A daily roundup of the biggest stories in right-wing media.
On Friday, conservatives followed the ongoing spat between the White House and Congresswoman Frederica Wilson over President Trump’s comments to the widow of an American soldier killed in Niger, which Wilson says she overheard. Wilson expressed her bewilderment at criticism from Trump and White House chief of staff John Kelly to reporters on Thursday. "You mean to tell me that I have become so important that the White House is following me and my words?” she asked. "This is amazing! That is absolutely phenomenal! I'll have to tell my kids that I'm a rock star now!"
A post at Hannity.com called Wilson’s comments “disgusting.” “[I]f your suspicion was that she’s just an opportunist who knows the media will run with any story portraying Trump in a negative light, congratulations, you’re correct,” Allenwest.com’s Matt Palumbo wrote. The Resurgent’s Marc Giller agreed:
In a way, you have to pity Frederica Wilson. As a thoroughly undistinguished member of Congress, she’s had to resort to all sorts of hijinks to grab the spotlight—such as when she inserted herself into the Travon [sic] Martin case, inflaming an already tense situation with race-baiting rhetoric and calls to imprison George Zimmerman before there was even a trial. Then there’s her choice of headwear—those weird, sequined cowboy hats that look as if they came from a Halloween costume or a drag show (take your pick). Long ago, Wilson must have made the calculation that if people of District 24 didn’t even know her name, they’d at least remember her as that loudmouth with the funny fashion sense, so what the hell I’ll vote for her.
[...]What’s ironic here is that the only reason Wilson engages in this shtick is that she wants the White House to follow her every word. Getting to be a rock star for five minutes is her goal. And she seems to be having the time of her life now that the cameras following her around. As for La David Johnson and his grieving family, they’ve served their purpose. Never forget, though, Donald Trump is the insensitive one.
In an interview with CNN, Wilson said that Kelly’s calling her an “empty barrel” in his press conference on Tuesday was racist. The Daily Wire’s Paul Bois wrote that Wilson played “the race card”. “Empty barrel simply means someone that makes the most noise,” he explained, “a term that John Kelly has used previously when referring to politicians he feels are out of line.”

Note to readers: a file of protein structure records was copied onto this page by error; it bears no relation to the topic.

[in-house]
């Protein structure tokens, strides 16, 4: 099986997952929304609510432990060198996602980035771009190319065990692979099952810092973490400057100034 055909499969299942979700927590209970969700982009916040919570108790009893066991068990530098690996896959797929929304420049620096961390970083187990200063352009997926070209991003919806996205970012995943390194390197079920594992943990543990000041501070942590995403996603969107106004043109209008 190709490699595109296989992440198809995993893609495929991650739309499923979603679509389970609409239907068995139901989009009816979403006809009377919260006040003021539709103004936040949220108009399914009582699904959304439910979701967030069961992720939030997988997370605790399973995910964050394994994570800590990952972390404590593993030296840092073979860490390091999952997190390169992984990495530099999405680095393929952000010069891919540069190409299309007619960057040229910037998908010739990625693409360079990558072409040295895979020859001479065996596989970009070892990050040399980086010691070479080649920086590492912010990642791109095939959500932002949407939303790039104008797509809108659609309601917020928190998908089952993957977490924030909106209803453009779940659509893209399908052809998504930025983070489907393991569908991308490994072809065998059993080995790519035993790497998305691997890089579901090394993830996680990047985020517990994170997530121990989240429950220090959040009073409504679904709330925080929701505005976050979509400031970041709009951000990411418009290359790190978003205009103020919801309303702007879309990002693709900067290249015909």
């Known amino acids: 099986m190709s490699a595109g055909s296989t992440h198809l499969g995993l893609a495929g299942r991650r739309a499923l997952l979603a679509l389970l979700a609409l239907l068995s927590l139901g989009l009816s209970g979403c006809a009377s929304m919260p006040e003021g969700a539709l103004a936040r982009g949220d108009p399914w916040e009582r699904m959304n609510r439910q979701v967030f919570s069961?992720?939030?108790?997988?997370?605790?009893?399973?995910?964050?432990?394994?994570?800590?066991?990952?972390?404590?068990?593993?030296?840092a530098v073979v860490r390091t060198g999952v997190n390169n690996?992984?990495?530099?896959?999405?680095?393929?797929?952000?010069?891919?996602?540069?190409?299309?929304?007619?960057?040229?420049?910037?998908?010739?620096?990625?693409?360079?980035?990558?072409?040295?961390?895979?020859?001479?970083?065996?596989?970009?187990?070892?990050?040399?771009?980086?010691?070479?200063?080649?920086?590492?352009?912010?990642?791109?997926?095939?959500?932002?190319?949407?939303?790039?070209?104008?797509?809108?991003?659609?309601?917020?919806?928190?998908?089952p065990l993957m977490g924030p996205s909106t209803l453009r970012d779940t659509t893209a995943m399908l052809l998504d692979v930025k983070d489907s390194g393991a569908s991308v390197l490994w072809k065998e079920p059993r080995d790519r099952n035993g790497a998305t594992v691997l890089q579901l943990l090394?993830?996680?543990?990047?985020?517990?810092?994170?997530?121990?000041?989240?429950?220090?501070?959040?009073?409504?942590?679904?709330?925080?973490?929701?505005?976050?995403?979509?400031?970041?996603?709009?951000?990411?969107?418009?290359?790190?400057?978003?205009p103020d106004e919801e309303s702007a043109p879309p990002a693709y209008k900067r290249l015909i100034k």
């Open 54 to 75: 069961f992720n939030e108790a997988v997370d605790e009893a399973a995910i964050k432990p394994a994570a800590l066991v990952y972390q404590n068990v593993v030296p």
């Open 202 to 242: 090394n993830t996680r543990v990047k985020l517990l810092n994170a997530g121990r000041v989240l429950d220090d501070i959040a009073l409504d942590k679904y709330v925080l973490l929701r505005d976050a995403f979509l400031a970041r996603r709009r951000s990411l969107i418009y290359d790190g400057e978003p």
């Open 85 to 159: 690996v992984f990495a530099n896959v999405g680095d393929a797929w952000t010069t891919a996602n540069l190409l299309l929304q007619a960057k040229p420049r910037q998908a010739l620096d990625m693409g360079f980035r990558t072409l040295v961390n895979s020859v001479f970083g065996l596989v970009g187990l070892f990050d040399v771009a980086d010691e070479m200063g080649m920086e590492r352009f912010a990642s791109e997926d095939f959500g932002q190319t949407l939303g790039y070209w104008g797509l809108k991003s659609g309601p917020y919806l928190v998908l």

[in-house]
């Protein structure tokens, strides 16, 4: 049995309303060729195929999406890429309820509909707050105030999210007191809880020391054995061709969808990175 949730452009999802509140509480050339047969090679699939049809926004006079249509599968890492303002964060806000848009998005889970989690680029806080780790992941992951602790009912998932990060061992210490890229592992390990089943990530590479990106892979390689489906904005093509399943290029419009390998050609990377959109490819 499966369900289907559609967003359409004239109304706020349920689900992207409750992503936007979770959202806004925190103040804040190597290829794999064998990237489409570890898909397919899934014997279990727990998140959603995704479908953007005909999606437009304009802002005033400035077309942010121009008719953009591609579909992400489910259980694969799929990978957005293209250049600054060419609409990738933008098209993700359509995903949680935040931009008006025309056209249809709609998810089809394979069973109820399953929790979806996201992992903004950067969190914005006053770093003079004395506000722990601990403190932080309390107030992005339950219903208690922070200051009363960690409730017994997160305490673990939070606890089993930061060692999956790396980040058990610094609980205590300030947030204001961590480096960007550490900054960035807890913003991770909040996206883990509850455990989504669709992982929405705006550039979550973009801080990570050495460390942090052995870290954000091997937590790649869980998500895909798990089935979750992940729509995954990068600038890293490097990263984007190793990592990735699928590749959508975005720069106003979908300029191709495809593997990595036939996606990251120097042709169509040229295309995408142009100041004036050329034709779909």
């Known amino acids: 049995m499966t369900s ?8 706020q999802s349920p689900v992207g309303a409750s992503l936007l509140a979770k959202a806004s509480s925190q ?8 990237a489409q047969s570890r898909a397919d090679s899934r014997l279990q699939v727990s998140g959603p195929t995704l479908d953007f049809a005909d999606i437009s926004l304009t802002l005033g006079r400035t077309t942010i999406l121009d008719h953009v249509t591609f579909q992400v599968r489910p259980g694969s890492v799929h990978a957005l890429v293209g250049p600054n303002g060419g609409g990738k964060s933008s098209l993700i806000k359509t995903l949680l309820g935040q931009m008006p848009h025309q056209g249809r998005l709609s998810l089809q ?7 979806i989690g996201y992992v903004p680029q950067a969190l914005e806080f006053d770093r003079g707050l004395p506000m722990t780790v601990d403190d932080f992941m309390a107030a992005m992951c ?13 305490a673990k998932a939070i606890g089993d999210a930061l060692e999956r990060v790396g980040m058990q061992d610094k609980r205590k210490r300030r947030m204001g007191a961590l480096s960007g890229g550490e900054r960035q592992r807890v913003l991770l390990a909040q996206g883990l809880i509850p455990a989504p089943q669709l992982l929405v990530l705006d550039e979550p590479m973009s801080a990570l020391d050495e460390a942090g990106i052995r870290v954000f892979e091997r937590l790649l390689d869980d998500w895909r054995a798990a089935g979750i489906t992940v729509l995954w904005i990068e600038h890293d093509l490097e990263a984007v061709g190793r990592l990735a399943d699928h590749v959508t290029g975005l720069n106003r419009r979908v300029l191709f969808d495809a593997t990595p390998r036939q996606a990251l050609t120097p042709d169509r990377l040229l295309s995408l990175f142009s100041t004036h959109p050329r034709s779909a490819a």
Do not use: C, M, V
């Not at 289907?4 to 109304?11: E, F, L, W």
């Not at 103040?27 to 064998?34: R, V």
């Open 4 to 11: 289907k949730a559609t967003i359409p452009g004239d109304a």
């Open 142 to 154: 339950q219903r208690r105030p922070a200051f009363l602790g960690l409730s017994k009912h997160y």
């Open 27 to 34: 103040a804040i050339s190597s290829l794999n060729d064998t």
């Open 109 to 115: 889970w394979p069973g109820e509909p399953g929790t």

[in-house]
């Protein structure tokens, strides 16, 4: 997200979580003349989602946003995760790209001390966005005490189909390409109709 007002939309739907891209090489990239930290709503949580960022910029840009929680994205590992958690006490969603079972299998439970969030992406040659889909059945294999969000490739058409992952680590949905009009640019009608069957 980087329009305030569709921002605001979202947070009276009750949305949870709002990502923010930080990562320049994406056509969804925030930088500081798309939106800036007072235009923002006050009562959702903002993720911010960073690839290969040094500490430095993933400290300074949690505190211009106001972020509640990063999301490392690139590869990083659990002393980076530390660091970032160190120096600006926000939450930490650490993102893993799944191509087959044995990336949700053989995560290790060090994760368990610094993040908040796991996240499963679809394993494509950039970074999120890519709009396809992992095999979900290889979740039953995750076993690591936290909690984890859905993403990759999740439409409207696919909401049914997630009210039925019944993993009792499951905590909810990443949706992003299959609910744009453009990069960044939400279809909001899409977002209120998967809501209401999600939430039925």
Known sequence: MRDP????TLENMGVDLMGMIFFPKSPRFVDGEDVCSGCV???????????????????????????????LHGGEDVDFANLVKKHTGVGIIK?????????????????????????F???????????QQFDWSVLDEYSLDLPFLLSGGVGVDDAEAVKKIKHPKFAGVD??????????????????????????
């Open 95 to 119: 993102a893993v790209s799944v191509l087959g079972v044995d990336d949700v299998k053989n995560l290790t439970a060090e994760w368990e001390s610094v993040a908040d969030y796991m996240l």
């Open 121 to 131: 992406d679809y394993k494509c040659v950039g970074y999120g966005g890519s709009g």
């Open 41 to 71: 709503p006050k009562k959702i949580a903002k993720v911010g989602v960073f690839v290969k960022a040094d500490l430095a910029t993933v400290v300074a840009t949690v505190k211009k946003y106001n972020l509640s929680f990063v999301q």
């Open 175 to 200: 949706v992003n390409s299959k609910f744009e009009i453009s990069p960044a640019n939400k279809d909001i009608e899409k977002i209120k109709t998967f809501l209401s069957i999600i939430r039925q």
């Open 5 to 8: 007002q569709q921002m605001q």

In other news:
National Review’s Kevin Williamson wrote a widely shared essay about the white lower class called “The White Minstrel Show”:
The manners of the white underclass are Trump’s — vulgar, aggressive, boastful, selfish, promiscuous, consumerist. The white working class has a very different ethic. Its members are, in the main, churchgoing, financially prudent, and married, and their manners are formal to the point of icy politeness. You’ll recognize the style if you’ve ever been around it: It’s “Yes, sir” and “No, ma’am,” but it is the formality of soldiers and police officers — correct and polite, but not in the least bit deferential. It is a formality adopted not to acknowledge the superiority of social betters but to assert the equality of the speaker — equal to any person or situation, perfectly republican manners. It is the general social respect rooted in genuine self-respect.
Its opposite is the sneering, leveling, drag-’em-all-down-into-the-mud anti-“elitism” of contemporary right-wing populism. Self-respect says: “I’m an American citizen, and I can walk into any room, talk to any president, prince, or potentate, because I can rise to any occasion.” Populist anti-elitism says the opposite: “I can be rude enough and denigrating enough to drag anybody down to my level.” Trump’s rhetoric — ridiculous and demeaning schoolyard nicknames, boasting about money, etc. — has always been about reducing.
Williamson concludes by arguing that poor whites should take greater responsibility for their own economic and social circumstances. “Feeding such people the lie that their problems are mainly external in origin — that they are the victims of scheming elites, immigrants, black welfare malingerers, superabundantly fecund Mexicans, capitalism with Chinese characteristics, Walmart, Wall Street, their neighbors — is the political equivalent of selling them heroin,” he wrote. “The opposite message — that life is hard and unfair, that what is not necessarily your fault may yet be your problem, that you must act and bear responsibility for your actions — is what conservatism used to offer, before it became a white-minstrel show."
"As I’ve said here before talking about Williamson’s views on the white underclass, I would place more blame on those outside forces than he seems to, but then again, Kevin D. Williamson has actually lived the underclass life, as a child,” the American Conservative’s Rod Dreher wrote in response. “Williamson’s point is that life is by its very nature... unfair, but you’re supposed to make the best of it anyway, with the cards you’ve been dealt.”